With Halloween soon approaching, children are getting excited about all the holiday fun. Carving pumpkins, trick or treating, dressing up in costumes, and candy, candy, and more candy. No wonder kids love this time of year. But why do we celebrate a traditionally Celtic pagan holiday by doing these things?
Jack O’ Lanterns
The tradition of making Jack O’ Lanterns comes from Ireland. Originally, turnips, beets, or potatoes were carved, not pumpkins. Americans began to use pumpkins rather than the other vegetables because of their abundance. The tradition begins with a man named Stingy Jack, who made a deal with the devil. The story says that Jack invited the devil for a drink. He convinced the devil to change into a sixpence, but instead of paying for the drinks, Jack trapped him beside a silver cross.
Jack made the devil promise not to take his soul before he released him. When Jack died, he was not allowed into heaven because of his evil ways, and because of his deal with the devil, was turned away from hell as well. As Jack turned to leave into the dark, the devil threw him a coal which Jack put inside a carved turnip to light his way. In another version of the story, Jack tricked the devil into climbing a tree and trapped him by carving a cross in the tree. He was then denied access to hell because he had tricked the devil. The devil threw him a single ember to light his way in the dark.
Trick or Treating
The tradition of dressing up in costumes and asking for treats stems from a practice of the Middle Ages in 9th century Europe. In the medieval practice of souling, poor people would go door to door begging for food. In return, the beggars agreed to pray for their dead. This practice began in Britain and eventually children replaced the beggars. The children received soul cakes by going door to door. In Pioneer America, children would ensure receiving their treats by yelling “Trick or Treat”. Housewives were wise to provide the children with candy to guard themselves from being tricked.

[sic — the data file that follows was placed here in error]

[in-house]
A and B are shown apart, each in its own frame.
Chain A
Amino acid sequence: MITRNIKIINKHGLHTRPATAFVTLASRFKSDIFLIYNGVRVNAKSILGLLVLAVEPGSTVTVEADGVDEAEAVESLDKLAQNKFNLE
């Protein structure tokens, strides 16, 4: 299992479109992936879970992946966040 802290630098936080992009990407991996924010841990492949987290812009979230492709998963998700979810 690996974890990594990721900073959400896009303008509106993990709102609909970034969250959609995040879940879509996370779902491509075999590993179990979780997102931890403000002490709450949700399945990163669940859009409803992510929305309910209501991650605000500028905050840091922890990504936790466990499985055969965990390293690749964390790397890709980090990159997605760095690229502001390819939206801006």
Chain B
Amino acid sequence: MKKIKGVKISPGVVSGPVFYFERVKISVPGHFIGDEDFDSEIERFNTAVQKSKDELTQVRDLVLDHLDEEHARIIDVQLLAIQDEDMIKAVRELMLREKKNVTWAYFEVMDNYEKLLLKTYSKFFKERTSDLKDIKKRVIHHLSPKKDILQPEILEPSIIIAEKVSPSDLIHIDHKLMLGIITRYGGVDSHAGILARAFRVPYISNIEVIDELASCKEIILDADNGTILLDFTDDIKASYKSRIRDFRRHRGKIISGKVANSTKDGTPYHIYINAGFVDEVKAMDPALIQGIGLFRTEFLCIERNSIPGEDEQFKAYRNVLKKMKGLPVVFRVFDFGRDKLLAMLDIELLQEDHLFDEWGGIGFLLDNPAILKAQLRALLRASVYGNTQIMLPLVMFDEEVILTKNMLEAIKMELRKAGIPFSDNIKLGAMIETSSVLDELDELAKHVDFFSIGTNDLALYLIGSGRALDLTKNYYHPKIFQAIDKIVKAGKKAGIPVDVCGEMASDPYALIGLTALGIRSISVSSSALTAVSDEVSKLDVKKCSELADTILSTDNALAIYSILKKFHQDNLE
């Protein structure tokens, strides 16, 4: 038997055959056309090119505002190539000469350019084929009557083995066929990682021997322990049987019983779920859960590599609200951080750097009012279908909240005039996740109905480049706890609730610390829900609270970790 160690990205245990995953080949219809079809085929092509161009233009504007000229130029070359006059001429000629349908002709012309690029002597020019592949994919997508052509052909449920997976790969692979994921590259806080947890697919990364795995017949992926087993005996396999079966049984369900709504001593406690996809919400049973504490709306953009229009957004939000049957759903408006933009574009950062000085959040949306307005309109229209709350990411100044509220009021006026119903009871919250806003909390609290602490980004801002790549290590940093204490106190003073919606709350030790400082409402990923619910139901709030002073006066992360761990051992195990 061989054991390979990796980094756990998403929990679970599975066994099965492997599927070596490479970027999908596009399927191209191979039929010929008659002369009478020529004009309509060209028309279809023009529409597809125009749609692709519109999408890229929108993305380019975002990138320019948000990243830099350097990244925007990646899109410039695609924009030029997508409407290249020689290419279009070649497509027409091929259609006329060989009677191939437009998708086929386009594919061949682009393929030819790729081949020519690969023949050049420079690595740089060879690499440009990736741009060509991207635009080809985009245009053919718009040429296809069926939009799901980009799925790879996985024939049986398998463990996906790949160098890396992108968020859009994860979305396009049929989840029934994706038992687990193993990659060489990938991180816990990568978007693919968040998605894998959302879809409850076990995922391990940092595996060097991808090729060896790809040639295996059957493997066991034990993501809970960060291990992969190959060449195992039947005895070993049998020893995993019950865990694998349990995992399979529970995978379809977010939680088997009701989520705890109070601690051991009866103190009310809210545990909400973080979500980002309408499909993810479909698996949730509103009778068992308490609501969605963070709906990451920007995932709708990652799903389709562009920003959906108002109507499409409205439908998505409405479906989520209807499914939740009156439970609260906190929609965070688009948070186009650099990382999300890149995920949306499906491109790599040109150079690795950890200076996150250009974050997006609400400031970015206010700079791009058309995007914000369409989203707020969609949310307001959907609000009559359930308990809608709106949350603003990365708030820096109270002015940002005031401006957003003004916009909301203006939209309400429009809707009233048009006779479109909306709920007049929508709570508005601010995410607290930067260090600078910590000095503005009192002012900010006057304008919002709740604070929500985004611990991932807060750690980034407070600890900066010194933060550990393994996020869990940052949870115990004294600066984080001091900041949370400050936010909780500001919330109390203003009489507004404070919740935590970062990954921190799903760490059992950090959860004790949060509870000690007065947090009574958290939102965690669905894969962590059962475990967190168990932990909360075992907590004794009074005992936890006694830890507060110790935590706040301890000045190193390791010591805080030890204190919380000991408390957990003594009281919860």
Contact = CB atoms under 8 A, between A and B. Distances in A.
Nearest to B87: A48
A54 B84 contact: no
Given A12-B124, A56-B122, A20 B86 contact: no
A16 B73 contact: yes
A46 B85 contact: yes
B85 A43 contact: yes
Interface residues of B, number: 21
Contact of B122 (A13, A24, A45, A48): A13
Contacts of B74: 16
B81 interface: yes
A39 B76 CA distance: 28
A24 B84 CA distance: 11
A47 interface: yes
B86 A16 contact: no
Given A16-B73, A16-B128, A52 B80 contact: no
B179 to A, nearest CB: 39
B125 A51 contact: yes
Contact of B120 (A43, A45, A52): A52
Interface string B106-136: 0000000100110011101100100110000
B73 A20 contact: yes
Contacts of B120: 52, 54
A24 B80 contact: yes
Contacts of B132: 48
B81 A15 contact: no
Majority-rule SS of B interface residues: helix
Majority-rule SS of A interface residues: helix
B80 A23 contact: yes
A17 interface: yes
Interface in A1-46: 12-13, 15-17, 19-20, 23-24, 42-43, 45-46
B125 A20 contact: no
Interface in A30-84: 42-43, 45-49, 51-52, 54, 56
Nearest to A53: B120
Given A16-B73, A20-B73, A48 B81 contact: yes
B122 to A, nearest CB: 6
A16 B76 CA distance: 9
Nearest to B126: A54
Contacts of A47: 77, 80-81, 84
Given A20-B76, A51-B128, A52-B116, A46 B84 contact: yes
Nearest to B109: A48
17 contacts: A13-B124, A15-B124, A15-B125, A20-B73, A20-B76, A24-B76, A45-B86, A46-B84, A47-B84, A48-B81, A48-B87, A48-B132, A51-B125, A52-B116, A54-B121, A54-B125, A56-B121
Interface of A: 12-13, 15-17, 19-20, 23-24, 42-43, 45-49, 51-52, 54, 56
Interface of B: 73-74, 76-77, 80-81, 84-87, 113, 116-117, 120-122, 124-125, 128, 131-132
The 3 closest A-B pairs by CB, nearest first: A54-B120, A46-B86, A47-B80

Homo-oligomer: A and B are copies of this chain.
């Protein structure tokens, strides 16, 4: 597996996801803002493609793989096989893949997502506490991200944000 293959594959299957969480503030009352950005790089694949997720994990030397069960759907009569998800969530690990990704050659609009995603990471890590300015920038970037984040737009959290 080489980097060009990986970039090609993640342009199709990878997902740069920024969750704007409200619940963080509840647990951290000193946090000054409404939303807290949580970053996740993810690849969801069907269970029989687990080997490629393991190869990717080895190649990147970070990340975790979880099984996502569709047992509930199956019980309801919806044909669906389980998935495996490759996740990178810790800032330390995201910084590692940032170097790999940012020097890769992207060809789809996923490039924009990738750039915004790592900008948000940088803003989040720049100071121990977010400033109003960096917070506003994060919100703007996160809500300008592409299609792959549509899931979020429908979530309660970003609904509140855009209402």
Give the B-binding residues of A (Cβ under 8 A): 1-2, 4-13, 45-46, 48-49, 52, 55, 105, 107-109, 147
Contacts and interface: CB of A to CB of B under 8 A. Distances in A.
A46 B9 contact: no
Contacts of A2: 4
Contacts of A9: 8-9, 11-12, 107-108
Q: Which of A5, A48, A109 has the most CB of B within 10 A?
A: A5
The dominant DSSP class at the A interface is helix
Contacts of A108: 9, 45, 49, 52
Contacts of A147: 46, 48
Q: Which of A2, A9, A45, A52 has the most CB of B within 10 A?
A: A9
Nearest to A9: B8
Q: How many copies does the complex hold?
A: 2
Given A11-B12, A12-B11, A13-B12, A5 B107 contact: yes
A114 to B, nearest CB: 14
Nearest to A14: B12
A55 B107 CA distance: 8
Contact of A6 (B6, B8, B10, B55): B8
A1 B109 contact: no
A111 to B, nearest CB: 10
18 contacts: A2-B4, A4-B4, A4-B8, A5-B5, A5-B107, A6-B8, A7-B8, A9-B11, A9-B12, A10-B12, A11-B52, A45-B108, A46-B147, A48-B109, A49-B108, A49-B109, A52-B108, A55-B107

The tradition of dressing up in costumes on Halloween night originated from an ancient tradition. People believed that on the night before All Saints Day, October 31, ghosts were freed to roam the earth. The people were afraid to leave their homes with the presence of the spirits. Therefore, any time anyone left their homes after dark, they would wear masks or some other form of ghoulish disguise to avoid being recognized by the earthly spirits. Their hope was that they would be mistaken by the spirits as fellow ghosts, thus receiving no harm.
Whatever the origins of these traditions, they provide for a good time to many children and adults as well this time of year, just as they have for many centuries.